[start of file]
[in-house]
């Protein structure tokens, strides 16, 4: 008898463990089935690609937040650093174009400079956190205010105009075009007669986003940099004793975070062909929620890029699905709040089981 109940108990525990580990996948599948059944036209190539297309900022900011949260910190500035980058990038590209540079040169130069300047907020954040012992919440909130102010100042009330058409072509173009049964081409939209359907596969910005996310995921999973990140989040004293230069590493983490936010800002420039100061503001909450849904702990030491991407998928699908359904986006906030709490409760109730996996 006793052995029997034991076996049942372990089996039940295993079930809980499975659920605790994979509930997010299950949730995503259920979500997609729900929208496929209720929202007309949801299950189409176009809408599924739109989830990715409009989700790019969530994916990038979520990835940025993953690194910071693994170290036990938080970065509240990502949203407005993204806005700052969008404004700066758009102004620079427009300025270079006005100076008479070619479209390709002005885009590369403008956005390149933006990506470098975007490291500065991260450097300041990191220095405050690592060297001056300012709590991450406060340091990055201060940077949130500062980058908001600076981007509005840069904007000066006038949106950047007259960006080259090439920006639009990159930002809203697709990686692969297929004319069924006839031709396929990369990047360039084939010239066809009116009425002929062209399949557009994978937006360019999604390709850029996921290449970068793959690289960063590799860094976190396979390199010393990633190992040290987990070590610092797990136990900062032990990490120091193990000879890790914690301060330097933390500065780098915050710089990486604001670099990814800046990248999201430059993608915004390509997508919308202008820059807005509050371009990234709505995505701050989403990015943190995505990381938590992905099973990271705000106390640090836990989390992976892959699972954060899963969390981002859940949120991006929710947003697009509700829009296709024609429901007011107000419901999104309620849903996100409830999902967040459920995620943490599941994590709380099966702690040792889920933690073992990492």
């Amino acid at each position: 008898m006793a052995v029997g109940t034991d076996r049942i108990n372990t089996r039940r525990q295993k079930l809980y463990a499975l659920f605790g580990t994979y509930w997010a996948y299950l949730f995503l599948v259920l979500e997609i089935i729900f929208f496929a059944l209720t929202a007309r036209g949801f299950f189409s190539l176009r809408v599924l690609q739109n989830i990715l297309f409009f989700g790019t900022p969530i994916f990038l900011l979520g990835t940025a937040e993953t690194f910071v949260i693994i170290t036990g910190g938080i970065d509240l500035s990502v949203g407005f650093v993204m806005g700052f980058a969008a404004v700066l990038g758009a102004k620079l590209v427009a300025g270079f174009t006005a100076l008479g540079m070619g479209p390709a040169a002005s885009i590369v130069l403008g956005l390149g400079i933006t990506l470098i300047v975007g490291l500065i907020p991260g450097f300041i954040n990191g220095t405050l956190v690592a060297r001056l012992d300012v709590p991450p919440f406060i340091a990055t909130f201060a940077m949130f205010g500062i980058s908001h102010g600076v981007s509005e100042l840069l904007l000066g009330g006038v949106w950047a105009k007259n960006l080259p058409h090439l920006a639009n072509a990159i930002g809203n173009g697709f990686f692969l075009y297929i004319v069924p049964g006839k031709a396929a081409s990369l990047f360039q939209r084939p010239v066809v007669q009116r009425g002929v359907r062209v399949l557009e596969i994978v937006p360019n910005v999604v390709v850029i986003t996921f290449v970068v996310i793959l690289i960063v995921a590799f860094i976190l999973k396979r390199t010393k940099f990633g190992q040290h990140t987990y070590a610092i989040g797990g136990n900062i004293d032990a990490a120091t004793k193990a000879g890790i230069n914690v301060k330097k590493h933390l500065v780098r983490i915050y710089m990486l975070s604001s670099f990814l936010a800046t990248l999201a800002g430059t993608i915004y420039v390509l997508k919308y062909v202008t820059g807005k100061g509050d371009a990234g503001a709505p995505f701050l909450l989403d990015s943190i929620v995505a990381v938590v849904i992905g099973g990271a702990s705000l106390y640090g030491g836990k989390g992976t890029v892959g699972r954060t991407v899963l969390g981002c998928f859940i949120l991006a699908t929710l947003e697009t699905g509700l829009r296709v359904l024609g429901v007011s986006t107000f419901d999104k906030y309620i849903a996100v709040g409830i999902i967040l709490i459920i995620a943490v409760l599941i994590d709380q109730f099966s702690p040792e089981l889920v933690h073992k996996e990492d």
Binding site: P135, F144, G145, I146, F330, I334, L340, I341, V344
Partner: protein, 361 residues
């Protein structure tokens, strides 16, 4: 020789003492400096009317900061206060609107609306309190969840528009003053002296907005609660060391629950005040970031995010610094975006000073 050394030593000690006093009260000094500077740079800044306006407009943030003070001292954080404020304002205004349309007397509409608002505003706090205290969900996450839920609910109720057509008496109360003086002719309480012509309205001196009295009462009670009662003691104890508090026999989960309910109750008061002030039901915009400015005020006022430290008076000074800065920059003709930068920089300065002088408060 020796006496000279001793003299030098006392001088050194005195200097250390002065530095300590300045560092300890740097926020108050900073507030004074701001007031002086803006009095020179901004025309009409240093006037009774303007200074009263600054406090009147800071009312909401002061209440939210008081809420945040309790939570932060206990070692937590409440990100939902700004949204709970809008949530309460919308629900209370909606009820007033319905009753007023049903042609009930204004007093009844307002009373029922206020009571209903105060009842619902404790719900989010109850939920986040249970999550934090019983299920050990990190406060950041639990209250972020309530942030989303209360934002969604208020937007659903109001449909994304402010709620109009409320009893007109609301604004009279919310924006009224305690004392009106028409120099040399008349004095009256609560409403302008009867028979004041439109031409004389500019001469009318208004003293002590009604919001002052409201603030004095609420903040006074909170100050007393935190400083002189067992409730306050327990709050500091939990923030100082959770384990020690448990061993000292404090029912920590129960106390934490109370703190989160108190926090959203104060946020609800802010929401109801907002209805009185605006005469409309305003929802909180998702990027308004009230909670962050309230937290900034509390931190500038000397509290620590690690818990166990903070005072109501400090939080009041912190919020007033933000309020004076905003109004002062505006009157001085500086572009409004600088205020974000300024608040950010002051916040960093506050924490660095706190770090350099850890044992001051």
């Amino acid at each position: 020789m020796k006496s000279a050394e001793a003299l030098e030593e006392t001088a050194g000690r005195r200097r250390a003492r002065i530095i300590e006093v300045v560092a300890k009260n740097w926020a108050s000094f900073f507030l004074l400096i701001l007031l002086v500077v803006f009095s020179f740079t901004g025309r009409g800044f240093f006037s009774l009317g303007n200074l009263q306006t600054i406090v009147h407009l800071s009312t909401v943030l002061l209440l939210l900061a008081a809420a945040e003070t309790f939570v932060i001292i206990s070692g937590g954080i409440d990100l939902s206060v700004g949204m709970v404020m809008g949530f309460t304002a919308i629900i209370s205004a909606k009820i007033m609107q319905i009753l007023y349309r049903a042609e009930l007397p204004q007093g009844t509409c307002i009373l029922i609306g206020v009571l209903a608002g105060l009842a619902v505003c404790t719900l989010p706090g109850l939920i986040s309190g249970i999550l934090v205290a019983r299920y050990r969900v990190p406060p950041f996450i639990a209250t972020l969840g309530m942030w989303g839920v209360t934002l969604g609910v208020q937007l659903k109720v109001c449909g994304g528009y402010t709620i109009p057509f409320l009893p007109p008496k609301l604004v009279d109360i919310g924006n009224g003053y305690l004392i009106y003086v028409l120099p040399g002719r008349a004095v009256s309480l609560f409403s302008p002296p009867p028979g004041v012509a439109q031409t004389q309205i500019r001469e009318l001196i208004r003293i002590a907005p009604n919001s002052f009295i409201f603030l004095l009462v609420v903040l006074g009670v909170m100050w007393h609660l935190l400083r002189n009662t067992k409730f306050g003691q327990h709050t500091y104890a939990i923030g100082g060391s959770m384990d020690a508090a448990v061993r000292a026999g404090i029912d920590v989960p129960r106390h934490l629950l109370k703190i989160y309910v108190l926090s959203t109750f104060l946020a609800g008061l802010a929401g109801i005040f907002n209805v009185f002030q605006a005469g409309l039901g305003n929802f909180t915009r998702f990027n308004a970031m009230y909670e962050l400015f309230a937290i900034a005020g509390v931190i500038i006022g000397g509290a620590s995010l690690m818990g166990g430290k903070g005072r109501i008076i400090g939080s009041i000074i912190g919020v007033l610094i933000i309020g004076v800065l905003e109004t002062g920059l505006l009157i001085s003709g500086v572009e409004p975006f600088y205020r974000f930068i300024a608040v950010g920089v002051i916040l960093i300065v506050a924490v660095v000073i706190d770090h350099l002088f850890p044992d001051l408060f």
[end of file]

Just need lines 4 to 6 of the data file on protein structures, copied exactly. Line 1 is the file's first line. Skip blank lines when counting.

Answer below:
Binding site: P135, F144, G145, I146, F330, I334, L340, I341, V344
Partner: protein, 361 residues
């Protein structure tokens, strides 16, 4: 020789003492400096009317900061206060609107609306309190969840528009003053002296907005609660060391629950005040970031995010610094975006000073 050394030593000690006093009260000094500077740079800044306006407009943030003070001292954080404020304002205004349309007397509409608002505003706090205290969900996450839920609910109720057509008496109360003086002719309480012509309205001196009295009462009670009662003691104890508090026999989960309910109750008061002030039901915009400015005020006022430290008076000074800065920059003709930068920089300065002088408060 020796006496000279001793003299030098006392001088050194005195200097250390002065530095300590300045560092300890740097926020108050900073507030004074701001007031002086803006009095020179901004025309009409240093006037009774303007200074009263600054406090009147800071009312909401002061209440939210008081809420945040309790939570932060206990070692937590409440990100939902700004949204709970809008949530309460919308629900209370909606009820007033319905009753007023049903042609009930204004007093009844307002009373029922206020009571209903105060009842619902404790719900989010109850939920986040249970999550934090019983299920050990990190406060950041639990209250972020309530942030989303209360934002969604208020937007659903109001449909994304402010709620109009409320009893007109609301604004009279919310924006009224305690004392009106028409120099040399008349004095009256609560409403302008009867028979004041439109031409004389500019001469009318208004003293002590009604919001002052409201603030004095609420903040006074909170100050007393935190400083002189067992409730306050327990709050500091939990923030100082959770384990020690448990061993000292404090029912920590129960106390934490109370703190989160108190926090959203104060946020609800802010929401109801907002209805009185605006005469409309305003929802909180998702990027308004009230909670962050309230937290900034509390931190500038000397509290620590690690818990166990903070005072109501400090939080009041912190919020007033933000309020004076905003109004002062505006009157001085500086572009409004600088205020974000300024608040950010002051916040960093506050924490660095706190770090350099850890044992001051």